Dairy aid package won’t help UK farmers, say critics

An emergency fund to help the dairy industry will do little to stop dairy farmers from going out of business, critics have claimed.



Industry experts said plans to dole out €29m (£25.2m) of EU money to UK dairy farmers would have no effect on struggling businesses.


Instead the money would be better spent on an industry initiative to drive higher prices and help producers invest in their farms, they said.


The criticisms came as DEFRA and the Welsh Assembly Government launched consultations on Wednesday (20 January) to decide how millions of pounds should be distributed among UK farmers.


The fund was handed to the UK by the EU last September after thousands of dairy farmers across Europe held protests over the slump in milk prices.


Farmers in the UK are being asked to decide if they want a payment per litre for milk produced between October 2008 and September 2009.


Alternatively they could agree to a payment per litre for the first 100,000 litres produced in the same period, with an additional payment over that amount.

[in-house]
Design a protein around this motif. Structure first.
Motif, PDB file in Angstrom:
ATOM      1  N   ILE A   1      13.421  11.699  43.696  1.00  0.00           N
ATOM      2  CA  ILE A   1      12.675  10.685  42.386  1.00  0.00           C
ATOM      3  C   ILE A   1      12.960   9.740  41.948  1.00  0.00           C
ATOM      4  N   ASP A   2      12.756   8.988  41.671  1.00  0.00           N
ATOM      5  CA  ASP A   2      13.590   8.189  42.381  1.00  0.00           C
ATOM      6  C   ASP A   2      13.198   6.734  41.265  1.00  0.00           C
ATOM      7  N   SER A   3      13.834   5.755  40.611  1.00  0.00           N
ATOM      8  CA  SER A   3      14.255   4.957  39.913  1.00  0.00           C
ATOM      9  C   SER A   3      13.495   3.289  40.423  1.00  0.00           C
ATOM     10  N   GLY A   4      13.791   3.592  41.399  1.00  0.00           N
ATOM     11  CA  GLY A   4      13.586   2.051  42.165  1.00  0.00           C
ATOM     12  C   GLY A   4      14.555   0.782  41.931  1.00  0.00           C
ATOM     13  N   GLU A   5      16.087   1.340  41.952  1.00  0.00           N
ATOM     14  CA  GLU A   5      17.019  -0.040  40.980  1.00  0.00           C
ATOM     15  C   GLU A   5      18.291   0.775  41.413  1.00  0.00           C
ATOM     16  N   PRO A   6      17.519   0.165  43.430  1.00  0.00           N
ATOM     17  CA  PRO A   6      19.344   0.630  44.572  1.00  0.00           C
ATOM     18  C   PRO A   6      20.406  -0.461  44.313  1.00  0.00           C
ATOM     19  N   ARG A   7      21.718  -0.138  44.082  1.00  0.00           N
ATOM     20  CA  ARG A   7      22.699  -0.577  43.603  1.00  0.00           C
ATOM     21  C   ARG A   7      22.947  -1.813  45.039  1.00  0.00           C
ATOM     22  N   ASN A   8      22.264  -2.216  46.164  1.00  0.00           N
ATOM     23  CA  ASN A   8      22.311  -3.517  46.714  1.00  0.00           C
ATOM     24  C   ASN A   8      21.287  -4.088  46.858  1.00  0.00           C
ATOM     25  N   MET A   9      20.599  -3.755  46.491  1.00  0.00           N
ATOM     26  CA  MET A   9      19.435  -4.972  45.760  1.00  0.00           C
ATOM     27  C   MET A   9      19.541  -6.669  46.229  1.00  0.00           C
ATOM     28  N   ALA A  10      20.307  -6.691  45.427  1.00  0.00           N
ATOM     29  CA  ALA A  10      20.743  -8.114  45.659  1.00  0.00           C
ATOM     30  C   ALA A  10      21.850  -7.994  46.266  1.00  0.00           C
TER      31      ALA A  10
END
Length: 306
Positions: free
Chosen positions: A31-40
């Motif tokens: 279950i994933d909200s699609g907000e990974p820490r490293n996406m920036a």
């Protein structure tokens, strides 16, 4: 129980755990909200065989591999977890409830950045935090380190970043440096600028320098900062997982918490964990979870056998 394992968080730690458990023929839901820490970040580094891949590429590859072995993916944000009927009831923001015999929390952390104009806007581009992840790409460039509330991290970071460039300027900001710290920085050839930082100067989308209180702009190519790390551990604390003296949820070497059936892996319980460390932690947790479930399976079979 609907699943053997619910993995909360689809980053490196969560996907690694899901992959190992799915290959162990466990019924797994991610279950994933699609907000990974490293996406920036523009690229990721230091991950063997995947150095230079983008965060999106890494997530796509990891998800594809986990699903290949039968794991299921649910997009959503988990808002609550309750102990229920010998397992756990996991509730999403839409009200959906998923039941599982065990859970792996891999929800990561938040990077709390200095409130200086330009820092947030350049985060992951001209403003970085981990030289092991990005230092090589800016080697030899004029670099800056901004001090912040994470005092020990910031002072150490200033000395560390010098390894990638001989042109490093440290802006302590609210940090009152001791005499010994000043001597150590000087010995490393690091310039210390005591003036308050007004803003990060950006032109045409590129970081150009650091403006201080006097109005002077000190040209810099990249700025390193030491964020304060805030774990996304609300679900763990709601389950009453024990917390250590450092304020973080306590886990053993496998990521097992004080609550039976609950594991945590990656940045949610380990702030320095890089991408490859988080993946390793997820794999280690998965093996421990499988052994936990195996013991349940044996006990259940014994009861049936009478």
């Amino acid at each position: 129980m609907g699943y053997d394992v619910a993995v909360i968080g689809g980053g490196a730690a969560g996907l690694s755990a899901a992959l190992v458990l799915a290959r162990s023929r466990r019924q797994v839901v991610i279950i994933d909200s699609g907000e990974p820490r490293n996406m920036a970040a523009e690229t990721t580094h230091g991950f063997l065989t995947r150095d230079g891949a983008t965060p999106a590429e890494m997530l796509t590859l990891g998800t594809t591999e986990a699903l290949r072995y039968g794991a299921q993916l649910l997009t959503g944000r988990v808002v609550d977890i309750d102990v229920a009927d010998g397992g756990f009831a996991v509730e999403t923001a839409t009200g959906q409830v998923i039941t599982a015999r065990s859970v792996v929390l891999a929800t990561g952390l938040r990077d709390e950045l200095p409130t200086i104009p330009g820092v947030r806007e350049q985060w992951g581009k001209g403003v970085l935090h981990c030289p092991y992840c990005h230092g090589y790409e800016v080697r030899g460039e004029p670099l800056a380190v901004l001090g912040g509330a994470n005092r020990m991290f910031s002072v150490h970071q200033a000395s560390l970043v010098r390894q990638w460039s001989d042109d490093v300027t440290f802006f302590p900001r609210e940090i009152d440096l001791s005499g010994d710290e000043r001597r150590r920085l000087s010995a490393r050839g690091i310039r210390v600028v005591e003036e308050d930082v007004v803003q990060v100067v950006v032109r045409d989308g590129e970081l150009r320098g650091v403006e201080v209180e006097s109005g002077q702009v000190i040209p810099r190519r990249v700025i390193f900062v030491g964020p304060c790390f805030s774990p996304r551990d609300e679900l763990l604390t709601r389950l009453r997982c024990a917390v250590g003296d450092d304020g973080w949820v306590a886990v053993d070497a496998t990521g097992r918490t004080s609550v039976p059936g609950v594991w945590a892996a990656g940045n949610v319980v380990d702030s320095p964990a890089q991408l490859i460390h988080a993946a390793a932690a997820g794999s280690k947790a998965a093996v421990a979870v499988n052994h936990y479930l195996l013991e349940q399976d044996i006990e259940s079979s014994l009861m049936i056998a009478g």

Farm minister Jim Fitzpatrick said the funding would provide additional stability for farmers after a “challenging year” which saw difficult trading conditions and a fall in dairy prices.


But Andrew Thompson, managing director of consultants Promar, said the fund – which amounts to about £1600 per dairy farmer – would have no effect on businesses which are already struggling.


“I can’t help but think the money could be better on with a more focused initiative to look at direct action and making things happen,” he added.


“We will be making DEFRA aware that £1600 per farm will pay a bill, but they need to look at the bigger picture to look at what’s going on within the whole industry.


“Of course we would rather that farmers had extra money than none at all, but it could probably be used on something more substantive centrally.”


Dairy consultant Mike Bessey accused the EU of “throwing a crumb” to struggling dairy farmers.


“However it’s spent, £25m isn’t going to change the world,” he said. “But it’s important to recognise that whilst UK dairy farmers have been badly hit, the dairy industry here is not as bad as other countries.


“You can’t really make a case that UK farmers are on Queer Street as a whole – on average they are surviving and starting modest investment.”


Farmers have until 17 February to respond to the consultation.





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